Arguably one of the most important sections (and the most outdated in company policies) is the clause which explains what the device can and cannot be used for. Yes, companies should outline that employees should primarily use the device for work related activities. Companies should be specific and explicit so that employees understand what is considered ‘unacceptable use.’
Unacceptable use usually includes: excessive personal use, browsing websites considered to be not ‘work appropriate’, and accessing websites that pose security risks to the device or company data.
However, a modern policy should allow appropriately limited personal use. We live in an age where friends and family expect to be able to reach us at any time of day. A quick phone call here or there should be acceptable. On the other hand, spending an hour a day on the phone on expensive calls to your relatives overseas is a different story. Likewise, employees need to take particular care when roaming in high cost locations. Companies should clearly state regulations around international calls (non work related by exception), use while abroad (only essential non work related) and dialing premium phone lines (never).
Internet and data usage is another aspect of the policy that companies need to reassess. Texting has now been largely replaced by free instant messaging services such as Whatsapp, Viber, iMessage and Facebook Messenger. It would be unreasonable to ban employees from all communication platforms.
However, we know that 75% of data consumed by employees is non work related. Only specialised applications (e.g. a TV reporter uploading video footage) use more than one gigabyte of data a month. So there’s a strong argument for giving each employee an individual data allowance (say 4 GB). Employees can get the work done but still have plenty of headroom for personal use. To keep data levels down, employers may want to consider blocking access to high bandwidth streaming services such as Netflix, Hulu and Amazon Prime on cellular.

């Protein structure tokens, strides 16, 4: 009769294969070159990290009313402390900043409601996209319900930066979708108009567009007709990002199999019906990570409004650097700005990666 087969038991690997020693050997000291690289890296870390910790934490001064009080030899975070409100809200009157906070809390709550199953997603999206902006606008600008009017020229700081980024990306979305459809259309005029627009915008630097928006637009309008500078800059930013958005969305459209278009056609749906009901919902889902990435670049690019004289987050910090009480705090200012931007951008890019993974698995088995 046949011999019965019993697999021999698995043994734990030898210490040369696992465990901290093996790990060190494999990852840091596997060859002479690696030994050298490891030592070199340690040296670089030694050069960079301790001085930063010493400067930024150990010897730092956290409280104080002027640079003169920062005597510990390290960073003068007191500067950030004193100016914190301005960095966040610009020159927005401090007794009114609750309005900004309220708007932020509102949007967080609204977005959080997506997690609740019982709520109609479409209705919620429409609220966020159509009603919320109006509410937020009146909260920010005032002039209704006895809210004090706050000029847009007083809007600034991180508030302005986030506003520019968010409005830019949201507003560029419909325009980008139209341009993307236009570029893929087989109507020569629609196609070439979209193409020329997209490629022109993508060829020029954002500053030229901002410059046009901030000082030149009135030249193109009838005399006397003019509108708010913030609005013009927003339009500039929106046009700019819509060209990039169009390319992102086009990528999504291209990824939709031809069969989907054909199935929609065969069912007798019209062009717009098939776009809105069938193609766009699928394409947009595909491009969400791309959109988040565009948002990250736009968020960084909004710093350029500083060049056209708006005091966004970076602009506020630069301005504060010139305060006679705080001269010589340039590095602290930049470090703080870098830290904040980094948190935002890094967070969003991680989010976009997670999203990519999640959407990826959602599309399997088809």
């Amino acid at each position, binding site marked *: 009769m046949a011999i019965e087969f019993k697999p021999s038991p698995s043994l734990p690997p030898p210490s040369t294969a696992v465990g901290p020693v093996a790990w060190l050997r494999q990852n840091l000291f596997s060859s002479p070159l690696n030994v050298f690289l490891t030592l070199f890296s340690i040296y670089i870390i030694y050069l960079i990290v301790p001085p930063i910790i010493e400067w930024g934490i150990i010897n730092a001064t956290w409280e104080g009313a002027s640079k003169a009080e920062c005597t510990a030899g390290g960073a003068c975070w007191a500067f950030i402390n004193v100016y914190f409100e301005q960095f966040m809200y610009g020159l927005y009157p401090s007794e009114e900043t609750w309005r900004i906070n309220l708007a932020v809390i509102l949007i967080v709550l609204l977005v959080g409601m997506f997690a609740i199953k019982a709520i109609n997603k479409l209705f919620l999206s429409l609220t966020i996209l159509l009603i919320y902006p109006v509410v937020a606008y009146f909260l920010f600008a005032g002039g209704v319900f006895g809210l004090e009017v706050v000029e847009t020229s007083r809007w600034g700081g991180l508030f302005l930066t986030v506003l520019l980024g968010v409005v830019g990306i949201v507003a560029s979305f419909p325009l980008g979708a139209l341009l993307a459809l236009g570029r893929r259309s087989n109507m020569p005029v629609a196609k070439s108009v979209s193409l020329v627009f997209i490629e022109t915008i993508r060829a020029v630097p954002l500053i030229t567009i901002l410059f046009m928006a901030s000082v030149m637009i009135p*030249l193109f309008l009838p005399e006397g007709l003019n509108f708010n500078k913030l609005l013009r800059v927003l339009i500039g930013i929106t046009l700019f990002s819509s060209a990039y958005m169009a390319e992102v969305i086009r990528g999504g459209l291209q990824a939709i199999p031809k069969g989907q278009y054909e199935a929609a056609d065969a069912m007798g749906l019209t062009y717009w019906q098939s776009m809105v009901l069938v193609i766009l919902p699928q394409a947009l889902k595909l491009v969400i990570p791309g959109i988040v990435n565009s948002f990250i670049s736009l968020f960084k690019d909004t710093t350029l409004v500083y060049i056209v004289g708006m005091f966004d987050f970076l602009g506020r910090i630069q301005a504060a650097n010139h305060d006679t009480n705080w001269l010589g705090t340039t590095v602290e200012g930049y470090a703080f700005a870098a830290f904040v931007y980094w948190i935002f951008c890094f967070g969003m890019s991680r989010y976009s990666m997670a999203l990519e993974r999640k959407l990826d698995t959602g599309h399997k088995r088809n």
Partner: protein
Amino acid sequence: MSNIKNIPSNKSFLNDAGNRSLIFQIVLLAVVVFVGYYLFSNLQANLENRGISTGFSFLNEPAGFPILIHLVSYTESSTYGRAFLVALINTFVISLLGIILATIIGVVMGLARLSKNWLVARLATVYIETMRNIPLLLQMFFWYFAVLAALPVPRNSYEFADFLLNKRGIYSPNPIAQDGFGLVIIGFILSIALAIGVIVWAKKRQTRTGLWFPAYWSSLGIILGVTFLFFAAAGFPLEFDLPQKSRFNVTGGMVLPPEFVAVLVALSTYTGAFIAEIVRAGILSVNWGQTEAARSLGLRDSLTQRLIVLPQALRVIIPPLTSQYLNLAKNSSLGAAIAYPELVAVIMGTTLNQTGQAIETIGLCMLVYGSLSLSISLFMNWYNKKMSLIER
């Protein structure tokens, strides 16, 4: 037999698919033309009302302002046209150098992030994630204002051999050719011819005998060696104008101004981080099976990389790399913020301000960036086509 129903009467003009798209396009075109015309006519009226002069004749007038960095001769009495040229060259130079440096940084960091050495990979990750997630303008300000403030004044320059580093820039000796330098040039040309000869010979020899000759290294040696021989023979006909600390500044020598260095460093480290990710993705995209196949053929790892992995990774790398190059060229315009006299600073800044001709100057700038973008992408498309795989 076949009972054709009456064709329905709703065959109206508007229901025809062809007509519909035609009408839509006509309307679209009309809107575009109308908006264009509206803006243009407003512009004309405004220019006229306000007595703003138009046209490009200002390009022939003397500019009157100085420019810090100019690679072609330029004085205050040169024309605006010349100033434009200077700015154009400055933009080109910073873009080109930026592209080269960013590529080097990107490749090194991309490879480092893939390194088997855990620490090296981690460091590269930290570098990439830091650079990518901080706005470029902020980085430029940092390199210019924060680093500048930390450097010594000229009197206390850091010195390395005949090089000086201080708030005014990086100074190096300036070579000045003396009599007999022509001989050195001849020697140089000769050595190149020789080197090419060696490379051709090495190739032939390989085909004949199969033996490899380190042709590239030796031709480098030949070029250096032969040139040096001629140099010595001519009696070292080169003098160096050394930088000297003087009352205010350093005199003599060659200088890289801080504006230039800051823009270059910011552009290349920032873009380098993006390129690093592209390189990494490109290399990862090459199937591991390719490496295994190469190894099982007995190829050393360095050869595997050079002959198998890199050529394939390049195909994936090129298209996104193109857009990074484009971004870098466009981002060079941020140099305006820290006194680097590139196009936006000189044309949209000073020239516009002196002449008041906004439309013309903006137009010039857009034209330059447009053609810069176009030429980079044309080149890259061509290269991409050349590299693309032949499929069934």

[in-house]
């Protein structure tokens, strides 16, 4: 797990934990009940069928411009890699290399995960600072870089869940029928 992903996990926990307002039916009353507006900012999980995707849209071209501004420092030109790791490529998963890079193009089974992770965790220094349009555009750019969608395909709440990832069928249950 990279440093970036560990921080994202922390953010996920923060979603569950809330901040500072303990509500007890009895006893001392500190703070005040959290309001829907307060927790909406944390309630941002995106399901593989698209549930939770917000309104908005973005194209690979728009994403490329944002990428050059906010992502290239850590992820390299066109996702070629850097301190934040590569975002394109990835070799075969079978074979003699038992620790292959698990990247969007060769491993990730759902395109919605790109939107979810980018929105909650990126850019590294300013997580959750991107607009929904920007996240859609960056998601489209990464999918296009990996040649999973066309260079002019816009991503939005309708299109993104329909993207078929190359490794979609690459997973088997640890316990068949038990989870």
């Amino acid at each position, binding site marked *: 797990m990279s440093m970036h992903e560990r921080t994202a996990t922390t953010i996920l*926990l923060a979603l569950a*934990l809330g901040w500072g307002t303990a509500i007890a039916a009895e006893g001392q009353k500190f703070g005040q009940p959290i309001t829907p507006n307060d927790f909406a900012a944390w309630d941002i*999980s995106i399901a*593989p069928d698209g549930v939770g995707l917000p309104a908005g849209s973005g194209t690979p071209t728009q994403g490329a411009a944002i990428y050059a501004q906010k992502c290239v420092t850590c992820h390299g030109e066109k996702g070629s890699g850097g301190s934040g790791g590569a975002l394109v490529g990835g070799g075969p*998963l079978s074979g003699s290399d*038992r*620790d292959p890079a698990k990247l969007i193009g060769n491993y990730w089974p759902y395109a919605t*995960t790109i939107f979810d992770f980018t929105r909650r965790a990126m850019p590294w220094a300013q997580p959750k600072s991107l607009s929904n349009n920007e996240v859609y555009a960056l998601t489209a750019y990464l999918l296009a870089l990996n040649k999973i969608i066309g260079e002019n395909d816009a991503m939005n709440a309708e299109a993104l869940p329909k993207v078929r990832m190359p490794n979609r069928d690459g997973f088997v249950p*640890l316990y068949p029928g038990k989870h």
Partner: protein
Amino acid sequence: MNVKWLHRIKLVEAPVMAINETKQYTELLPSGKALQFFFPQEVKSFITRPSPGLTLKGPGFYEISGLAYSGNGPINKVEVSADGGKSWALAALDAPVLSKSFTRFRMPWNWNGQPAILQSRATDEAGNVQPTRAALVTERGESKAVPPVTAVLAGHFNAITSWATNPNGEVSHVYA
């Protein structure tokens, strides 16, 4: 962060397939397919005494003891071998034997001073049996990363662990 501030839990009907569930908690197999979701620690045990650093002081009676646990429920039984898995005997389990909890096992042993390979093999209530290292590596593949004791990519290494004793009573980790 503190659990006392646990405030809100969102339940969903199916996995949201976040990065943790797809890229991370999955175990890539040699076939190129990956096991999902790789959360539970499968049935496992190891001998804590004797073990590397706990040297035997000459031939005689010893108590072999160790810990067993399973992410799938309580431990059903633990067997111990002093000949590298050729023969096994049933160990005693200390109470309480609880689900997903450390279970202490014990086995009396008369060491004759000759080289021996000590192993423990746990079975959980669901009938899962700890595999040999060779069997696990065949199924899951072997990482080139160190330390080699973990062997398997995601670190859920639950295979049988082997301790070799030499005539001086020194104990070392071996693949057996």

The Importance of an Up-to-Date Company Policy
It is important that companies align their policy with today’s workplace, technology and service plans. There is nothing worse than a policy that is honoured more in the breach than the observance. When policies are clearly outdated they become discredited. And once discredited it’s a free for all. And, what’s more, once employees begin to ignore phone policies, they are more likely to disregard compliance regulations in really important areas such as health and safety, financial probity and workplace harassment.
Having a policy in place creates safe and secure standards around mobile phone usage. It equally helps create a culture of respect and trust. Management should refer employees to the company policy and update when necessary. Employees are much less likely to exploit company devices if the company enforces a fair mobile device policy.
Technology to Support Compliance
But we also need to make it easy for employees to comply. For example, in relation to internet usage, how can an employee tell how much data they are consuming on their company device? This is where solutions like Corrata can greatly benefit companies. Corrata’s software enforces limits on non business use, applies more restrictive policies when roaming, blocks access to inappropriate content and prevents phishing and malware attacks. This gives the employee peace of mind that they won’t cause problems for their employer or lead to any awkward conversations with their line manager. Corrata allows enterprises to strike the right balance between the need for control and the need for flexibility which modern life demands.
To find out more about Corrata’s unique software click here.